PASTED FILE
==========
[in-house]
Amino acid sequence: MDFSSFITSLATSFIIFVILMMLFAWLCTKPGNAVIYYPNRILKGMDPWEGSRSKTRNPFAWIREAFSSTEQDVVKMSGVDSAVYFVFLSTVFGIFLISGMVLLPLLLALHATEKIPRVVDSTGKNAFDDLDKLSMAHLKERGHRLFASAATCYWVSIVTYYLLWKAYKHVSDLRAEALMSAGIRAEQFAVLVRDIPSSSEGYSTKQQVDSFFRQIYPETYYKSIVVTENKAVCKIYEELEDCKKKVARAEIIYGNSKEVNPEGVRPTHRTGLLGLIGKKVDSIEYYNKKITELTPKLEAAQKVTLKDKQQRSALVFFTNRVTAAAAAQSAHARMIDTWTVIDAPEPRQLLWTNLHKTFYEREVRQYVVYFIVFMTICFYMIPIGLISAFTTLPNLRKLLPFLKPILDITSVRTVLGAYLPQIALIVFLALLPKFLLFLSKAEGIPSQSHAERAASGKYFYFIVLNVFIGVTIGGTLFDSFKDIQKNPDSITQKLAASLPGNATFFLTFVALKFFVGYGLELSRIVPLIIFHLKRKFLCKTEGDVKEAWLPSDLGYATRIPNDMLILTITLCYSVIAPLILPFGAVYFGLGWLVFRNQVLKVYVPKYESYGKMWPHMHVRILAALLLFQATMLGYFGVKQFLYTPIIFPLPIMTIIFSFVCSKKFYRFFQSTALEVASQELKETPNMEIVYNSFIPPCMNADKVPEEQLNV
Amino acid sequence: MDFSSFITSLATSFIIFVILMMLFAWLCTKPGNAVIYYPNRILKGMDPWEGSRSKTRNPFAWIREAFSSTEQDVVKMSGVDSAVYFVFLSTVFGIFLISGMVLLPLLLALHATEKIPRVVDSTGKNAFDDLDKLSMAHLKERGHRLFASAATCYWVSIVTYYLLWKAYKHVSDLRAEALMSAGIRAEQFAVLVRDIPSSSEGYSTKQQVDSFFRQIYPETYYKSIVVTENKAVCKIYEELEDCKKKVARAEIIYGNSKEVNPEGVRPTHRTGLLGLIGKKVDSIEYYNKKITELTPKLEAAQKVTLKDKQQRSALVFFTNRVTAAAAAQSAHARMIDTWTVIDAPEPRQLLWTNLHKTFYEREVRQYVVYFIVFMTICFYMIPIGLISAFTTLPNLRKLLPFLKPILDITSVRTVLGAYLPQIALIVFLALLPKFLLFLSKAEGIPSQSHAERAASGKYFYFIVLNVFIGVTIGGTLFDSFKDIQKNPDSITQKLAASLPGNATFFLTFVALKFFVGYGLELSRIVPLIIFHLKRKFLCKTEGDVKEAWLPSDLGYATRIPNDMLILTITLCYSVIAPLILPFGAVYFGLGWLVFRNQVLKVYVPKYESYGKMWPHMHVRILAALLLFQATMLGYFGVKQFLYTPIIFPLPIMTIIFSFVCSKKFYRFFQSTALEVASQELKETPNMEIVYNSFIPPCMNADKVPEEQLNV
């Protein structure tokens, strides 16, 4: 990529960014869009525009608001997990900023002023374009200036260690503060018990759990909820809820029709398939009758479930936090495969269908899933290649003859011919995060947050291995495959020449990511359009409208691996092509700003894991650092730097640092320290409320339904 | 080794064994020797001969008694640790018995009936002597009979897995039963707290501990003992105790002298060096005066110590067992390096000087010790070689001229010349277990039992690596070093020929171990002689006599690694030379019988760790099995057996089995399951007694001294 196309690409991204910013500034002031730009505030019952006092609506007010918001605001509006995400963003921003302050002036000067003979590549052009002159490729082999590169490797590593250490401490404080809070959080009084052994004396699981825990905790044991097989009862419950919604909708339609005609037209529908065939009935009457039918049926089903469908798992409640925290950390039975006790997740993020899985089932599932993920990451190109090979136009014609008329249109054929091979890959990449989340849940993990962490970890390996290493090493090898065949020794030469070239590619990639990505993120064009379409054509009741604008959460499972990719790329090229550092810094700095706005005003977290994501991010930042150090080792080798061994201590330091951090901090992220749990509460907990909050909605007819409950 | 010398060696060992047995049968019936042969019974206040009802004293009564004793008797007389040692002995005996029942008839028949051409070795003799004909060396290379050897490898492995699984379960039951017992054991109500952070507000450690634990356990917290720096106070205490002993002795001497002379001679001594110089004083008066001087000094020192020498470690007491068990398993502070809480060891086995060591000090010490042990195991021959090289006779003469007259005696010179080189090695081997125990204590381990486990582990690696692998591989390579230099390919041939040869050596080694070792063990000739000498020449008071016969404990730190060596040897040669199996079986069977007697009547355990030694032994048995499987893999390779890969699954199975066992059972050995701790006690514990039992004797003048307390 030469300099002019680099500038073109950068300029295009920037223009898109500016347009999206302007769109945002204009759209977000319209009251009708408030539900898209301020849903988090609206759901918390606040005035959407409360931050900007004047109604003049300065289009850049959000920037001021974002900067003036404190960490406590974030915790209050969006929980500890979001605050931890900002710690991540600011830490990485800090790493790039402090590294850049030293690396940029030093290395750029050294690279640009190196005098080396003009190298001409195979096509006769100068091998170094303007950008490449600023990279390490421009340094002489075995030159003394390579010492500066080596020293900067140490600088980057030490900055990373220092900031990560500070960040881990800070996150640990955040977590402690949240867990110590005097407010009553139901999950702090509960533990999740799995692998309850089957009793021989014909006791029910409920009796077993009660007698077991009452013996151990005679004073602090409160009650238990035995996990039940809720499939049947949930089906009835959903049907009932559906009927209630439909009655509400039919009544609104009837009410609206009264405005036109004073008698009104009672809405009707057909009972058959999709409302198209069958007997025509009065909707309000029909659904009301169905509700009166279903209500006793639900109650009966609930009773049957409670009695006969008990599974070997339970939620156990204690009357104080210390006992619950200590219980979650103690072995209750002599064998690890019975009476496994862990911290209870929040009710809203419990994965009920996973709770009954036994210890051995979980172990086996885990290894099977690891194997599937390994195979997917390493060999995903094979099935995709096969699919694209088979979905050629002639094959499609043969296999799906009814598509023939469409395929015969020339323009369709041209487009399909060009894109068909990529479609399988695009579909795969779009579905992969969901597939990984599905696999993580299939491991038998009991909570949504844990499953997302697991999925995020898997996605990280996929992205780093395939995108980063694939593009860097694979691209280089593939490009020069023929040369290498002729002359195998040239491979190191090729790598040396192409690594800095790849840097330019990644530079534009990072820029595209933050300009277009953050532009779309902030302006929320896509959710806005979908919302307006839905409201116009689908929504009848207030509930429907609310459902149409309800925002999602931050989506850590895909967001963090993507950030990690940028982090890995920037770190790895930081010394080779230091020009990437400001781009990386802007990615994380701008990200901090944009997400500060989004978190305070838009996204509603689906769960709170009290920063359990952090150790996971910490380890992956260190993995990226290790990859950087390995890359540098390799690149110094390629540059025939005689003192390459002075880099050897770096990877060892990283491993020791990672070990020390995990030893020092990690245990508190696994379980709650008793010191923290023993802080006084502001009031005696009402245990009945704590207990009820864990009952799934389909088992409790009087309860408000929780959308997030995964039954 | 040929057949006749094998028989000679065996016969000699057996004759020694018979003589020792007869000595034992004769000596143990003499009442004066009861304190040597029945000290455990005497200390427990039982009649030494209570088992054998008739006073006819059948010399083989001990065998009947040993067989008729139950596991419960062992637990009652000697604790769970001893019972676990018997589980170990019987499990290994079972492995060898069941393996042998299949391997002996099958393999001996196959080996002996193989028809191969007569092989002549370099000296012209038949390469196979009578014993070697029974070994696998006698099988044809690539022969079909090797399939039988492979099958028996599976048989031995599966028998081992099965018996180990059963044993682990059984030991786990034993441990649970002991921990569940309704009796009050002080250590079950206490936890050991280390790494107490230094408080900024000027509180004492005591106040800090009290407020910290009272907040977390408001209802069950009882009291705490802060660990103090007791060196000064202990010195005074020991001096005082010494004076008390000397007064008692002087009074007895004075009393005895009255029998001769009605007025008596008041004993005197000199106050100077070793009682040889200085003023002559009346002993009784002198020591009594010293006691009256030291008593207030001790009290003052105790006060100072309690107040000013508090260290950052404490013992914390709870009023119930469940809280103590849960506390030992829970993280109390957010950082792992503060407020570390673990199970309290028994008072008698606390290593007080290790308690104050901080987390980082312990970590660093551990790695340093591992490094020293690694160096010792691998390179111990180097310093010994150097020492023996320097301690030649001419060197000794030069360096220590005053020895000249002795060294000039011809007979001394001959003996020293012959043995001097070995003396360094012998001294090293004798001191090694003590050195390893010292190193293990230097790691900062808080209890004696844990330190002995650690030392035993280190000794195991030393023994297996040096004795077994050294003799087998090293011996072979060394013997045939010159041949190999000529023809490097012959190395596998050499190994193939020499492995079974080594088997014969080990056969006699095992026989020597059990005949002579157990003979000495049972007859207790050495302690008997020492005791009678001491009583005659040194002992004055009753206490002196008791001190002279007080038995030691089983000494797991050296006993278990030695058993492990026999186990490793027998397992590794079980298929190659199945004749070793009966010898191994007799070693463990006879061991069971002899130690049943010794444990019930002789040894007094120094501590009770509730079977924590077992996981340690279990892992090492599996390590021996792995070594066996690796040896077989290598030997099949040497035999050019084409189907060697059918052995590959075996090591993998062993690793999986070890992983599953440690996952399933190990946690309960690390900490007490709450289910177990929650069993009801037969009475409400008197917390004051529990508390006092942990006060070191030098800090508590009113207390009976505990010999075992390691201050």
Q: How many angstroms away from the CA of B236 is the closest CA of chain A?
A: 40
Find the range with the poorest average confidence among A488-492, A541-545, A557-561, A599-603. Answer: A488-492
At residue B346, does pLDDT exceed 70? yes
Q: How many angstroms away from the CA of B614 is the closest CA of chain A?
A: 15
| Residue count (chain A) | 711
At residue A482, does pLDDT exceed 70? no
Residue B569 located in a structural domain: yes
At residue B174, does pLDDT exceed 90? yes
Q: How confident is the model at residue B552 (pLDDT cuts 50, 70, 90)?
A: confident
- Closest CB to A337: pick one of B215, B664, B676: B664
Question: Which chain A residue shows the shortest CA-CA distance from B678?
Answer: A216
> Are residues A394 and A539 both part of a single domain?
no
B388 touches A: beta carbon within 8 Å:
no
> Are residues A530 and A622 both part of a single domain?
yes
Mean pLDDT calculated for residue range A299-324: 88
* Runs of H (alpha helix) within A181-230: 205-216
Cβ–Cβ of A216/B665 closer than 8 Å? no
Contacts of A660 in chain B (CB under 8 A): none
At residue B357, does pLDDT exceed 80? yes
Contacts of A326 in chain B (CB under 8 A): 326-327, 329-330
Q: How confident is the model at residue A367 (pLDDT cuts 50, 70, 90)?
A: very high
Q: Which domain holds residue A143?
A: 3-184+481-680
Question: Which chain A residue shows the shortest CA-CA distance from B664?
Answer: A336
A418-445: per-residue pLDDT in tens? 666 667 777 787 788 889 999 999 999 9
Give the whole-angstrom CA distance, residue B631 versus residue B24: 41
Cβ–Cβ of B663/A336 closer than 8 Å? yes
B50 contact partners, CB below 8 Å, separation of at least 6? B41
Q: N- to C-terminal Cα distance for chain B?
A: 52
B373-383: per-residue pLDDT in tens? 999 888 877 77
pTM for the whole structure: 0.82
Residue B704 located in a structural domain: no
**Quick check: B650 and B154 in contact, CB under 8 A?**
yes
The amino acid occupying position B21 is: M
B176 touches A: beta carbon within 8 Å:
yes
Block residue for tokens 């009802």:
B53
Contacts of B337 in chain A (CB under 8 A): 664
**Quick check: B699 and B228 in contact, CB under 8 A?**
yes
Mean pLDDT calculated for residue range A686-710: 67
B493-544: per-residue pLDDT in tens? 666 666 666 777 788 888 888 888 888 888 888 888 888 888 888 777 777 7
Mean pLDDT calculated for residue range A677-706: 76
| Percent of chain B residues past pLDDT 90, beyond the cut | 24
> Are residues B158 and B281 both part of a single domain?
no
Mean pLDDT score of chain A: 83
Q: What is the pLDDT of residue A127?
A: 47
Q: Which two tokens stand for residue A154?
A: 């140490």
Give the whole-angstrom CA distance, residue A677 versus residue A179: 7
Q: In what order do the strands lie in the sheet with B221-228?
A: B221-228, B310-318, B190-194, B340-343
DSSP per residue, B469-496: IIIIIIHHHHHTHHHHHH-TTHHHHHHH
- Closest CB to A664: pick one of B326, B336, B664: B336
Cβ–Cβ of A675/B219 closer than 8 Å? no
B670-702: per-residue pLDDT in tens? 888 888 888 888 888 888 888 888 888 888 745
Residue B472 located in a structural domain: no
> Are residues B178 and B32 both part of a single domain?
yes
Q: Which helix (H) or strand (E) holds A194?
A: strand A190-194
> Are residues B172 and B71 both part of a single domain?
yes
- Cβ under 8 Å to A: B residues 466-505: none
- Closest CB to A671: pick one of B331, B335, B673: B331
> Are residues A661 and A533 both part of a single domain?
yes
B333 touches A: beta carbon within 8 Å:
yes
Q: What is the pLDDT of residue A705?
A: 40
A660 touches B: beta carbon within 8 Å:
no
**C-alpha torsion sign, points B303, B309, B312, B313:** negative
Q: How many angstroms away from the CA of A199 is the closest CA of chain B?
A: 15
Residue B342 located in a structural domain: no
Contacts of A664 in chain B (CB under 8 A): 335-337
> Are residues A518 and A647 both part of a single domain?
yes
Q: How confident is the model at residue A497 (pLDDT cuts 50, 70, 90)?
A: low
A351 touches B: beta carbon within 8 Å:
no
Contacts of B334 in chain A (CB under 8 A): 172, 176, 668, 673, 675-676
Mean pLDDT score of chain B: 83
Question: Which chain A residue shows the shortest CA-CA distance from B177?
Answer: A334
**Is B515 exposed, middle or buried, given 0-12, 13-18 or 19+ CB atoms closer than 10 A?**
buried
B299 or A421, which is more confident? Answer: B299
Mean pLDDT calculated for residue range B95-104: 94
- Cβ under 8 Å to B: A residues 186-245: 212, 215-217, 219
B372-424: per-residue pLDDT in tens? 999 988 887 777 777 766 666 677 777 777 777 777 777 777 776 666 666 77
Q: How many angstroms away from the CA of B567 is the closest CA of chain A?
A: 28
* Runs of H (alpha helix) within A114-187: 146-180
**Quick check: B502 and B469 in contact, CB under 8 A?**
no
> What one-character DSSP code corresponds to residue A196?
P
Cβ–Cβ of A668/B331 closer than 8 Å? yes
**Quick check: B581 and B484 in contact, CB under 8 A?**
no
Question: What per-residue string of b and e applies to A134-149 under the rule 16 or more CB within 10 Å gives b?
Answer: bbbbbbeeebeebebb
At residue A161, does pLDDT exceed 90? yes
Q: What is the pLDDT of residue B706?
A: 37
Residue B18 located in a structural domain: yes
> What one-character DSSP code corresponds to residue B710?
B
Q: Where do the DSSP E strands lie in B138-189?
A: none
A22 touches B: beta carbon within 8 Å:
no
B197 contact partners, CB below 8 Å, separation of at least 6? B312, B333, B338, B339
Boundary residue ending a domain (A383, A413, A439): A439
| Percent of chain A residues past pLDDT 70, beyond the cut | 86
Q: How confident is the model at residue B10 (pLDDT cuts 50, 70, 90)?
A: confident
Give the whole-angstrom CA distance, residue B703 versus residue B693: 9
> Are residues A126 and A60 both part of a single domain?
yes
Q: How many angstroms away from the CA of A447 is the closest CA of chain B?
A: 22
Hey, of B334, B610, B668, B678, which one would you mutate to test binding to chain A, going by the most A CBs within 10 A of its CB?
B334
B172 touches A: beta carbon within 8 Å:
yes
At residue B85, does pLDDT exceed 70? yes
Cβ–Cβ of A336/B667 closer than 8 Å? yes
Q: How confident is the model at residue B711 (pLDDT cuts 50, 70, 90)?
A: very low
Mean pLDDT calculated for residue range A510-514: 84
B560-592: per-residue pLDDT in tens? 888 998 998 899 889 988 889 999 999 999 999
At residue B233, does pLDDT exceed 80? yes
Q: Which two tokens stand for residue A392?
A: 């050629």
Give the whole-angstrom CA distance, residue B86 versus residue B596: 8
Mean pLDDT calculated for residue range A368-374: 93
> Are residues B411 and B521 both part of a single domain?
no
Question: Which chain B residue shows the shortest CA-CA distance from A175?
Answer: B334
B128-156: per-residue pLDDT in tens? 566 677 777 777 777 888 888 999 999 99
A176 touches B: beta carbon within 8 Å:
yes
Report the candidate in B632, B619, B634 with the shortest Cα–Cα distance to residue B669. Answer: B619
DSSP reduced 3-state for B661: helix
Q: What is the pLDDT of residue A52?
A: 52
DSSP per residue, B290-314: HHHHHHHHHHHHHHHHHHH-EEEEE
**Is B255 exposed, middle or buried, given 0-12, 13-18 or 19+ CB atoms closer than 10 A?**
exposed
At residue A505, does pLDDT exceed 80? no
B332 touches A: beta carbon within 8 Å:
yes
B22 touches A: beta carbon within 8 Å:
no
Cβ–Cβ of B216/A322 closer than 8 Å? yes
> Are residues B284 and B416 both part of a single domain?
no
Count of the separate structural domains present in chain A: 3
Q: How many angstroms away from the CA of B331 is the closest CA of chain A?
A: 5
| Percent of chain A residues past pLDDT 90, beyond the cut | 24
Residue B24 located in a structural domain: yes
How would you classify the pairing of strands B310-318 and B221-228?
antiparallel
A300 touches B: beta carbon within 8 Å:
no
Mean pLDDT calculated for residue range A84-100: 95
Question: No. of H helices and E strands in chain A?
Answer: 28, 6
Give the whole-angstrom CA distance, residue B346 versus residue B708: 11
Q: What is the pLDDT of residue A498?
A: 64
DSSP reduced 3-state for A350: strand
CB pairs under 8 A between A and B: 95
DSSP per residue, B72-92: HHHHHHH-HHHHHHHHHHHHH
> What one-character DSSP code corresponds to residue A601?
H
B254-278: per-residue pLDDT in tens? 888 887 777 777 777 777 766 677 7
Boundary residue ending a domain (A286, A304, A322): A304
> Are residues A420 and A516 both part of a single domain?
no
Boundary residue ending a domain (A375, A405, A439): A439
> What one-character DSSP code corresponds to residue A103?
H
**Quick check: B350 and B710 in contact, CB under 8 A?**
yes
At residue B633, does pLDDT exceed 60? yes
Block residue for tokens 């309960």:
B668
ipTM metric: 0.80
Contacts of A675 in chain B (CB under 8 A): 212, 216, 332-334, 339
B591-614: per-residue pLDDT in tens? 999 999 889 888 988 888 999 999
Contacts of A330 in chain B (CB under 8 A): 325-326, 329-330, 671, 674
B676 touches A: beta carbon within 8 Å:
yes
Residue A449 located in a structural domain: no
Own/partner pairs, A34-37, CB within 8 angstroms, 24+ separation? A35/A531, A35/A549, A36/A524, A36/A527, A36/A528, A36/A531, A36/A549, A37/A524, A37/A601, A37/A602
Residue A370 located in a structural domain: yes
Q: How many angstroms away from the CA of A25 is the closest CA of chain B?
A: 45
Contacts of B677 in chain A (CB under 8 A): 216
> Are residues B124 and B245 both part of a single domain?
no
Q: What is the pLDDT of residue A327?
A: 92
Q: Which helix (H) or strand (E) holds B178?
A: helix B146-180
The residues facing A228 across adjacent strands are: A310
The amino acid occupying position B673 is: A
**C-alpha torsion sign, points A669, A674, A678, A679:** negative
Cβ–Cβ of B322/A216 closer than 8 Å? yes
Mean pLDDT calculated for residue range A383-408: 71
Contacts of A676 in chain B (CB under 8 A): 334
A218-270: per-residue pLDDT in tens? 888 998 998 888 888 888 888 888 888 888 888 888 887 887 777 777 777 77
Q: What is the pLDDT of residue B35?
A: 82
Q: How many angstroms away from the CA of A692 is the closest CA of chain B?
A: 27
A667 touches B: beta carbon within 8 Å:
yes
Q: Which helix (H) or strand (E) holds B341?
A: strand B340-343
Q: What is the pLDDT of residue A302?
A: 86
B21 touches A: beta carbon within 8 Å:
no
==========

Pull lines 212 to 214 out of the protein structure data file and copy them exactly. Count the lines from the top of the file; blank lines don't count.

Block residue for tokens 């309960």:
B668
ipTM metric: 0.80